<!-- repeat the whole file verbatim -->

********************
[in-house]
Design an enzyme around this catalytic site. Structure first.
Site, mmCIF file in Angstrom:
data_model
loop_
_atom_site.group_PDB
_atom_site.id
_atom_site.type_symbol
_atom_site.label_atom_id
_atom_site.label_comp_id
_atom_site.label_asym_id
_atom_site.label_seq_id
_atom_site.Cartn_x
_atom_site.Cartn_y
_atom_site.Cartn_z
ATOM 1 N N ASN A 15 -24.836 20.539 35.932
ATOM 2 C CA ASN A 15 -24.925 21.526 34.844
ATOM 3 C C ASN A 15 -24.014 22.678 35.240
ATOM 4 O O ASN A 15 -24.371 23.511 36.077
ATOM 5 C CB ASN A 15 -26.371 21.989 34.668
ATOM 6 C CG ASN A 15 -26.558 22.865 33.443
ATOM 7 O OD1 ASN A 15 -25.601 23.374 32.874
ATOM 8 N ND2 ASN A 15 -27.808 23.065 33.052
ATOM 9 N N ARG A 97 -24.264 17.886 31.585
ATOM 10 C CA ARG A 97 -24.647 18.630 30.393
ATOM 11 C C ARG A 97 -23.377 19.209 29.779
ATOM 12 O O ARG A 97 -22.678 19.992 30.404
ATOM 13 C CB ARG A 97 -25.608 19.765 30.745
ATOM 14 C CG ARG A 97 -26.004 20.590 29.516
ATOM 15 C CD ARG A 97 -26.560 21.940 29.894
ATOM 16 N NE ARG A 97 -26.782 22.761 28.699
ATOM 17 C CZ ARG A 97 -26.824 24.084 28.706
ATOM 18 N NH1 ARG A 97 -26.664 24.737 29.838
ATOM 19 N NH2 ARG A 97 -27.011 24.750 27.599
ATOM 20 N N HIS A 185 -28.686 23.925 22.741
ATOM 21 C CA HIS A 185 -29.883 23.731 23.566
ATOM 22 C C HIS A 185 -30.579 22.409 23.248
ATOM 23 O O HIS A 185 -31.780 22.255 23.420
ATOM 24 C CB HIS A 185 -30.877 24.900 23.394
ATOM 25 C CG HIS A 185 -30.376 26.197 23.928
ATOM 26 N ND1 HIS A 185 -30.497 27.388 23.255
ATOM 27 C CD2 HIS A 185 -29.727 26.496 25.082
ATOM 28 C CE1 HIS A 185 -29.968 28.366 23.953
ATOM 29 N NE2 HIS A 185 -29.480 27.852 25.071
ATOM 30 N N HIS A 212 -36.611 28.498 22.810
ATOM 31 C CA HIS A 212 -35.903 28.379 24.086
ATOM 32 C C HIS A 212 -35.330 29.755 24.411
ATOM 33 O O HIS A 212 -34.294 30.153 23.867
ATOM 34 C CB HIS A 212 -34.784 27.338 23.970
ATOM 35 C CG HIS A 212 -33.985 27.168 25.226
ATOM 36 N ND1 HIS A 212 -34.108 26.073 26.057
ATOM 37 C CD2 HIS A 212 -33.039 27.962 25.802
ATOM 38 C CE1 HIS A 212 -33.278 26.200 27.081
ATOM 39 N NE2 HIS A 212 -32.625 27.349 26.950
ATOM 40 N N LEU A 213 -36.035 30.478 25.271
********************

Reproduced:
[in-house]
Design an enzyme around this catalytic site. Structure first.
Site, mmCIF file in Angstrom:
data_model
loop_
_atom_site.group_PDB
_atom_site.id
_atom_site.type_symbol
_atom_site.label_atom_id
_atom_site.label_comp_id
_atom_site.label_asym_id
_atom_site.label_seq_id
_atom_site.Cartn_x
_atom_site.Cartn_y
_atom_site.Cartn_z
ATOM 1 N N ASN A 15 -24.836 20.539 35.932
ATOM 2 C CA ASN A 15 -24.925 21.526 34.844
ATOM 3 C C ASN A 15 -24.014 22.678 35.240
ATOM 4 O O ASN A 15 -24.371 23.511 36.077
ATOM 5 C CB ASN A 15 -26.371 21.989 34.668
ATOM 6 C CG ASN A 15 -26.558 22.865 33.443
ATOM 7 O OD1 ASN A 15 -25.601 23.374 32.874
ATOM 8 N ND2 ASN A 15 -27.808 23.065 33.052
ATOM 9 N N ARG A 97 -24.264 17.886 31.585
ATOM 10 C CA ARG A 97 -24.647 18.630 30.393
ATOM 11 C C ARG A 97 -23.377 19.209 29.779
ATOM 12 O O ARG A 97 -22.678 19.992 30.404
ATOM 13 C CB ARG A 97 -25.608 19.765 30.745
ATOM 14 C CG ARG A 97 -26.004 20.590 29.516
ATOM 15 C CD ARG A 97 -26.560 21.940 29.894
ATOM 16 N NE ARG A 97 -26.782 22.761 28.699
ATOM 17 C CZ ARG A 97 -26.824 24.084 28.706
ATOM 18 N NH1 ARG A 97 -26.664 24.737 29.838
ATOM 19 N NH2 ARG A 97 -27.011 24.750 27.599
ATOM 20 N N HIS A 185 -28.686 23.925 22.741
ATOM 21 C CA HIS A 185 -29.883 23.731 23.566
ATOM 22 C C HIS A 185 -30.579 22.409 23.248
ATOM 23 O O HIS A 185 -31.780 22.255 23.420
ATOM 24 C CB HIS A 185 -30.877 24.900 23.394
ATOM 25 C CG HIS A 185 -30.376 26.197 23.928
ATOM 26 N ND1 HIS A 185 -30.497 27.388 23.255
ATOM 27 C CD2 HIS A 185 -29.727 26.496 25.082
ATOM 28 C CE1 HIS A 185 -29.968 28.366 23.953
ATOM 29 N NE2 HIS A 185 -29.480 27.852 25.071
ATOM 30 N N HIS A 212 -36.611 28.498 22.810
ATOM 31 C CA HIS A 212 -35.903 28.379 24.086
ATOM 32 C C HIS A 212 -35.330 29.755 24.411
ATOM 33 O O HIS A 212 -34.294 30.153 23.867
ATOM 34 C CB HIS A 212 -34.784 27.338 23.970
ATOM 35 C CG HIS A 212 -33.985 27.168 25.226
ATOM 36 N ND1 HIS A 212 -34.108 26.073 26.057
ATOM 37 C CD2 HIS A 212 -33.039 27.962 25.802
ATOM 38 C CE1 HIS A 212 -33.278 26.200 27.081
ATOM 39 N NE2 HIS A 212 -32.625 27.349 26.950
ATOM 40 N N LEU A 213 -36.035 30.478 25.271